The Keller City Council considered a proposed ordinance that would prohibit certain registered sex offenders from living within a certain distance of where children frequently gather at its Sept. 7 meeting. Council members agreed to table the ordinance for now to allow council members more time to ask questions about the policy and whether the distance proposed should be even greater.

Specifically, the law would make it illegal for a sex offender—defined by the city as any person required to register as a sex offender under state law because of an offense involving a child—to “establish a permanent or temporary residence” within 1,000 feet of “a child safety zone,” according to the ordinance.

The city defines “child safety zones” as anywhere children commonly gather, such as schools, arcades and playgrounds—regardless of whether it is inside or outside of Keller city limits, according to the ordinance. Violations would be a class C misdemeanor punishable by a fine of up to $500.

While the proposed ordinance was originally one of six items on the council’s consent agenda, the council voted to discuss it separately. Keller Mayor Armin Mizani said the ordinance is “good public policy” but that the council had “a couple of questions” during its work session, including whether to set the distance at 1,000 or 2,000 feet.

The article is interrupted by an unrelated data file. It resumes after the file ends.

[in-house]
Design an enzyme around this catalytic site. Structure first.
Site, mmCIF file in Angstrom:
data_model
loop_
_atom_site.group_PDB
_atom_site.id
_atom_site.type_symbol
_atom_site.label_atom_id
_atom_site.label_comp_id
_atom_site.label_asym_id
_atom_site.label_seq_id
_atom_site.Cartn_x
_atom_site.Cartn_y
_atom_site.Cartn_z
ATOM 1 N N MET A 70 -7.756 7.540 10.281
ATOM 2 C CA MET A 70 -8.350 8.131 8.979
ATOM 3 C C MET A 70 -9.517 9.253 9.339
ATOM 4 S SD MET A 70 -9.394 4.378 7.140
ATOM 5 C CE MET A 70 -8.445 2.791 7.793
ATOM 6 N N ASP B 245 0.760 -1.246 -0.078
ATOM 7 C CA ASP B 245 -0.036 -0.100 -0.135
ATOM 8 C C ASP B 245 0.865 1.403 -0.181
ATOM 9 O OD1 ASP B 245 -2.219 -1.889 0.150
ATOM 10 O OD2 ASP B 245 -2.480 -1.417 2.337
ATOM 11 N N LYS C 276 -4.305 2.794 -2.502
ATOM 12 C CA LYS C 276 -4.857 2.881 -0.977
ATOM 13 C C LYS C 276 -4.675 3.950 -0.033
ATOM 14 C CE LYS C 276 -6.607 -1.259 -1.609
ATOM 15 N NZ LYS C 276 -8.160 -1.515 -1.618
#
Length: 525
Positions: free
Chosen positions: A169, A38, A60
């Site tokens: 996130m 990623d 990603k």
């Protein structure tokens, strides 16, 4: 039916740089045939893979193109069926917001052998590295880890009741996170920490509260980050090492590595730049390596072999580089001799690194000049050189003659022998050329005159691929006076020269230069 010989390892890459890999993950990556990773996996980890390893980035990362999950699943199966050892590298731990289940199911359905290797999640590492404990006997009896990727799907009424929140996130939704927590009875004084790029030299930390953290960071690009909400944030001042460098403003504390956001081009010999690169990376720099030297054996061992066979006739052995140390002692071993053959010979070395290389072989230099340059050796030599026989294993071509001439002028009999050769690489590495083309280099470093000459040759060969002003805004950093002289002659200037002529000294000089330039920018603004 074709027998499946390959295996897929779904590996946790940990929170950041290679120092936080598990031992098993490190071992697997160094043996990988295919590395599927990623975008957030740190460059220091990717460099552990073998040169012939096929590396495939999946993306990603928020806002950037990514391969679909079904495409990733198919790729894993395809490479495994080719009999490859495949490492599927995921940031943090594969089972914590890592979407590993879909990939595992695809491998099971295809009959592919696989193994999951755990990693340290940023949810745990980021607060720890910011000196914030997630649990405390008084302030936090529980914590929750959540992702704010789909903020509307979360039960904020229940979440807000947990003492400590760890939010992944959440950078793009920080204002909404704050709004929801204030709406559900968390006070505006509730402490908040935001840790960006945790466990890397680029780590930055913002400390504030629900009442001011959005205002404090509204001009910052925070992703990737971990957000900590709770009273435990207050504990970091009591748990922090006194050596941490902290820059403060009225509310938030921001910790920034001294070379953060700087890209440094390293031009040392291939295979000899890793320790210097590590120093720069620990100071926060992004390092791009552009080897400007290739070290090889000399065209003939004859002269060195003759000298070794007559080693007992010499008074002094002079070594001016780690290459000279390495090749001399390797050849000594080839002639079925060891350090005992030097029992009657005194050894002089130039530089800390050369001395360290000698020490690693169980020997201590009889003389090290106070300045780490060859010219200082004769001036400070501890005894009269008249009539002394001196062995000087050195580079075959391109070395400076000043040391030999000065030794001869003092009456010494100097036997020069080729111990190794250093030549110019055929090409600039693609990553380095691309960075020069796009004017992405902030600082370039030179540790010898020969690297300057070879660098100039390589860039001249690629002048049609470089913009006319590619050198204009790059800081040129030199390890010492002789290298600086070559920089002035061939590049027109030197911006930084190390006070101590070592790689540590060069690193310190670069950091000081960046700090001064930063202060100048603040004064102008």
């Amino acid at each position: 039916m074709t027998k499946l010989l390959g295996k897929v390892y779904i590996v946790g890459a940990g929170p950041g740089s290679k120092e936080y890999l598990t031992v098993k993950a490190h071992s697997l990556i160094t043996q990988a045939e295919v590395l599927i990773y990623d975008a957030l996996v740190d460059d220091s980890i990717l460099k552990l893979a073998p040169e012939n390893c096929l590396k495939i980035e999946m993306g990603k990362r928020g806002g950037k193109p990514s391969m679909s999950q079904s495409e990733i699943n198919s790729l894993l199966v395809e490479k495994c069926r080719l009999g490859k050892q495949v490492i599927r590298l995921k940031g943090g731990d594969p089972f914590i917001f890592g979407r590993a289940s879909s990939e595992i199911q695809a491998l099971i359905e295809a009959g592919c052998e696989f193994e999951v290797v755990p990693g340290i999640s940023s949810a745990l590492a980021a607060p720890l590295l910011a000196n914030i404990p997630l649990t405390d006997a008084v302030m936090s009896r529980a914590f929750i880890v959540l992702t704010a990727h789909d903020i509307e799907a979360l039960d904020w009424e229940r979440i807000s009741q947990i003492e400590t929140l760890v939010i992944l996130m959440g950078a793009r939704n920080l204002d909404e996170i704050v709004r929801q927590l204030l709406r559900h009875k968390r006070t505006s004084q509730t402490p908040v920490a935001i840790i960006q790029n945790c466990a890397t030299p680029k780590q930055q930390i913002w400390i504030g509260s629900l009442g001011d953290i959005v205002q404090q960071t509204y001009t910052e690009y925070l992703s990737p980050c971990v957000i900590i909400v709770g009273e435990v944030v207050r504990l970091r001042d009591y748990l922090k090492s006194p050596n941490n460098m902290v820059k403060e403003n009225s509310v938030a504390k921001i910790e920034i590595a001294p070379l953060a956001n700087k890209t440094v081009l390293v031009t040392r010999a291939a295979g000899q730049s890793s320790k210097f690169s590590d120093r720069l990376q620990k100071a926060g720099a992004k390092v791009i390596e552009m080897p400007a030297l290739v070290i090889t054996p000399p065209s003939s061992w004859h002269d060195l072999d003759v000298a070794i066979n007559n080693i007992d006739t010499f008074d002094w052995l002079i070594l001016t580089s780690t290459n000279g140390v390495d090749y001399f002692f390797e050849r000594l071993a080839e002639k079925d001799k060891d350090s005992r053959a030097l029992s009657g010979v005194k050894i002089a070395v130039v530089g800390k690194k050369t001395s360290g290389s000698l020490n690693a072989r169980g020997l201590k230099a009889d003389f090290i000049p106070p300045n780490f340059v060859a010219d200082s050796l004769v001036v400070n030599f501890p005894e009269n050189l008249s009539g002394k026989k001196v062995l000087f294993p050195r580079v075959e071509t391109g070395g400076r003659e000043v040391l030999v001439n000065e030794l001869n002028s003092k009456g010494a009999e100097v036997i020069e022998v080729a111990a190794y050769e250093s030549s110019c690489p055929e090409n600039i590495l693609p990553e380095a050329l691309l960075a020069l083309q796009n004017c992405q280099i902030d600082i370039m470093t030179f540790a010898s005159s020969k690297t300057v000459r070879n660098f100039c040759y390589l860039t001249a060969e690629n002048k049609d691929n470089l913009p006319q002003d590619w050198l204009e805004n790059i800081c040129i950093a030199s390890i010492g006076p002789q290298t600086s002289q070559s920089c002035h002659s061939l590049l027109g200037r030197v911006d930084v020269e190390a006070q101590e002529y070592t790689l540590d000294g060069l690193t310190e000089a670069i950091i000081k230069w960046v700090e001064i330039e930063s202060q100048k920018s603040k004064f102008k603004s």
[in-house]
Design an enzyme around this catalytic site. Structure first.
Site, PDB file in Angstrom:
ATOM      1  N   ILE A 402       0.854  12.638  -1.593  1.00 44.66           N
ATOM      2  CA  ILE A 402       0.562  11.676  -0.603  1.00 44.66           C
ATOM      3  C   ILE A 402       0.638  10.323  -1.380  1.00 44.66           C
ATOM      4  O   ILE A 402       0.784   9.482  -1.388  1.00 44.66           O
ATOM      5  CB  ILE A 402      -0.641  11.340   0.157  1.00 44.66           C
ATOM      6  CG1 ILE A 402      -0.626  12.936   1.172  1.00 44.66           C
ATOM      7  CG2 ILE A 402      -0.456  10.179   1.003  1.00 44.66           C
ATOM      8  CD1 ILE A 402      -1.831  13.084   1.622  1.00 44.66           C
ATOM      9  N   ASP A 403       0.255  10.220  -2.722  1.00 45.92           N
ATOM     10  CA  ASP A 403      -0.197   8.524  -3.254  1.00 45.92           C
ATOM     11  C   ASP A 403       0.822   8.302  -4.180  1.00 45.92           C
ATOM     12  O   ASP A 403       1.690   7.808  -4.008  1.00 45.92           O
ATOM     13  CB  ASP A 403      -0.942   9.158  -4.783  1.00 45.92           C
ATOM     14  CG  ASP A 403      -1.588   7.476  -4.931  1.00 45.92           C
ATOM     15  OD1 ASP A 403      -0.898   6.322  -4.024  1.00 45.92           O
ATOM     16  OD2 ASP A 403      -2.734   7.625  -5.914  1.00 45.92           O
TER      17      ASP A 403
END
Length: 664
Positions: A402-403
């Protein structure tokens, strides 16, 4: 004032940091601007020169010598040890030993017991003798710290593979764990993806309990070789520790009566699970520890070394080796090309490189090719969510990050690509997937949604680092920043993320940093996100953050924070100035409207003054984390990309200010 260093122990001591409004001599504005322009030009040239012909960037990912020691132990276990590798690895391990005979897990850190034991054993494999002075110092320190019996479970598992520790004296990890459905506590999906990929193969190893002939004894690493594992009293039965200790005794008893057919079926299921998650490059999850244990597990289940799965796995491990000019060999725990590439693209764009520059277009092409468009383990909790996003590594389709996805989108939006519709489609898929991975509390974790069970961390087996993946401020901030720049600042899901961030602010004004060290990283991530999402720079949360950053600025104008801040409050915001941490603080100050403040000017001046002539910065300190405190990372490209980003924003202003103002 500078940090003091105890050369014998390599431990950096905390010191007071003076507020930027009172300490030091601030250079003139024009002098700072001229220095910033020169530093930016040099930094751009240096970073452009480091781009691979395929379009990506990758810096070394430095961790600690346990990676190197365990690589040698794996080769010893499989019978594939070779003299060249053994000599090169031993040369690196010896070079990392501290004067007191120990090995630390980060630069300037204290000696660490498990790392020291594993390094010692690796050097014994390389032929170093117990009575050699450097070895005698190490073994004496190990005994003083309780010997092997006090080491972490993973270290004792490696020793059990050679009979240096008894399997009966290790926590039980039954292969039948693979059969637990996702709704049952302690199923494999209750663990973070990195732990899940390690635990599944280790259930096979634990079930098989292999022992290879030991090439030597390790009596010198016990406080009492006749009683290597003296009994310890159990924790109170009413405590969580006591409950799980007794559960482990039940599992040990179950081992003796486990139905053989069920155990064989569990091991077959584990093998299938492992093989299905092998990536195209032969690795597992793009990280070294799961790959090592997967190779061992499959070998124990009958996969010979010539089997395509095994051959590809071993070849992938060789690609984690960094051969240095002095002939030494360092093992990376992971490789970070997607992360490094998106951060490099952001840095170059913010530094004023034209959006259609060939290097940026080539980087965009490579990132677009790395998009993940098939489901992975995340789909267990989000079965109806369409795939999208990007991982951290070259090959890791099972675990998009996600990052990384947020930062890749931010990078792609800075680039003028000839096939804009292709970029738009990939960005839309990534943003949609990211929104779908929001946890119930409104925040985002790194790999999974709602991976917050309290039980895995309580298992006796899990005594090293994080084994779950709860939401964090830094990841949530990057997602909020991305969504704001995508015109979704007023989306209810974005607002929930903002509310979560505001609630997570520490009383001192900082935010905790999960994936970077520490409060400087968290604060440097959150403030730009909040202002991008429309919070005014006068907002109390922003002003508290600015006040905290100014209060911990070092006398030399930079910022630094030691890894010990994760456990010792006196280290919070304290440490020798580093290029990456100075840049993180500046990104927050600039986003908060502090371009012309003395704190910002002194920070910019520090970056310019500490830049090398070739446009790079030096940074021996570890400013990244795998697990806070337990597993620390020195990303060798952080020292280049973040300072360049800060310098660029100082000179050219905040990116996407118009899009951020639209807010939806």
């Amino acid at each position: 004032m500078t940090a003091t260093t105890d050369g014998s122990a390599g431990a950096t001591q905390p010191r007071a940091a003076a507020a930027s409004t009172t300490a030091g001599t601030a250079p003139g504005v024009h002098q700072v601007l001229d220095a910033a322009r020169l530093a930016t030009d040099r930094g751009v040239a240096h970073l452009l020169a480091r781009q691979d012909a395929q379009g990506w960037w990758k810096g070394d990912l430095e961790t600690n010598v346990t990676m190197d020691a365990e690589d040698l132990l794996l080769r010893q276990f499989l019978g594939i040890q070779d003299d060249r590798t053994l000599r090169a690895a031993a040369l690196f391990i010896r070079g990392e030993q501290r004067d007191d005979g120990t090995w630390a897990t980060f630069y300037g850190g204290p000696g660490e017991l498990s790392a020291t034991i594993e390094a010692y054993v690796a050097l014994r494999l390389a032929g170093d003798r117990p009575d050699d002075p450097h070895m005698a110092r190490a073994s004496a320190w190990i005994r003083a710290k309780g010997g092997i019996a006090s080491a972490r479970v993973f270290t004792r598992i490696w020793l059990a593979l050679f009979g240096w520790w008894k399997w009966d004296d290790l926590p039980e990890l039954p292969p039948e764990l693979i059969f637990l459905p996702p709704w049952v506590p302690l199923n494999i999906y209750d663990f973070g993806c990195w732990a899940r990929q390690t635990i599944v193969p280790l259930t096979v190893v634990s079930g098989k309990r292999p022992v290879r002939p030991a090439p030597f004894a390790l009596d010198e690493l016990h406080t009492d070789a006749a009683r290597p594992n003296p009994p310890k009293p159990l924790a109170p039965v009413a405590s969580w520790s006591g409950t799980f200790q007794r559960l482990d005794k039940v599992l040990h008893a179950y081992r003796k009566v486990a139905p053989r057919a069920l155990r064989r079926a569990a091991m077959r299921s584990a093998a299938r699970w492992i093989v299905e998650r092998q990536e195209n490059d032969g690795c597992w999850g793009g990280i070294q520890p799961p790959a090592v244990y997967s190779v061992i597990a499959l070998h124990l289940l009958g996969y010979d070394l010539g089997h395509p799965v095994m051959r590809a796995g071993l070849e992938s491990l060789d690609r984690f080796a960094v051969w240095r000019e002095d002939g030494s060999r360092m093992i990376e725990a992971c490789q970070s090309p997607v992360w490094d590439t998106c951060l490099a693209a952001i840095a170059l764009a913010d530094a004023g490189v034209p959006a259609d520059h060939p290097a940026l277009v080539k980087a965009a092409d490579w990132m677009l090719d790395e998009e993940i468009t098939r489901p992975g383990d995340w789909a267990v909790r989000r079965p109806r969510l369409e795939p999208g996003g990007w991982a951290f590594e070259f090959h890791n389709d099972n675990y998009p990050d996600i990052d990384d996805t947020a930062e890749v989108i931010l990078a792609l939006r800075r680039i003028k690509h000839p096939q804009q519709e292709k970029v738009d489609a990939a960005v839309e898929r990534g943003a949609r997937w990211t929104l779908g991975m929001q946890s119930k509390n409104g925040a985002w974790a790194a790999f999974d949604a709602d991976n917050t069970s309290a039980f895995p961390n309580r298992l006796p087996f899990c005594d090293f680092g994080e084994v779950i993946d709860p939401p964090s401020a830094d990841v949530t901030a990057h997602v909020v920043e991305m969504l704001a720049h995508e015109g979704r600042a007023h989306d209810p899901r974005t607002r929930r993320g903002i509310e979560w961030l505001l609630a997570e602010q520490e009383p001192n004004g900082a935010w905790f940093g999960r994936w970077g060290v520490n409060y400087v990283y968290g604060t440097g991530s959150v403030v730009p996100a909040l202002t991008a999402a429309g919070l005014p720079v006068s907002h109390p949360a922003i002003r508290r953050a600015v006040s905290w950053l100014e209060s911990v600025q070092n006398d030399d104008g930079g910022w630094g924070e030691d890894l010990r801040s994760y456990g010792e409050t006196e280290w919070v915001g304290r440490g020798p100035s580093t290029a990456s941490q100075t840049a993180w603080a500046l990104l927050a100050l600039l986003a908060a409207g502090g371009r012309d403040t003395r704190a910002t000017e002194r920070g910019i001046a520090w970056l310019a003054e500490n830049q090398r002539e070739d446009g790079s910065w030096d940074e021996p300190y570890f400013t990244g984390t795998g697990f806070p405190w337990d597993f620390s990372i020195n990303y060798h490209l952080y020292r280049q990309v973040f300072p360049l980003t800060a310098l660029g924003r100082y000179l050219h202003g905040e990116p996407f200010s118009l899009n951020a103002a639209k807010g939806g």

“I'm actually really surprised that we didn't have an ordinance like this on the books, and so I'm glad that it's being brought forth,” Mizani said.

However, due to the council’s remaining questions, Mizani motioned to first bring up the ordinance at a work session and then vote on it at the following meeting. The motion to table the ordinance passed 6-0.

The reasoning behind the ordinance, according to a staff memo, is because the reoffend rate of released sex offenders “is alarmingly high, especially for those who commit their crimes against children.” And while the ordinance would restrict sex offenders geographically, it would not prohibit registered sex offenders from living in Keller.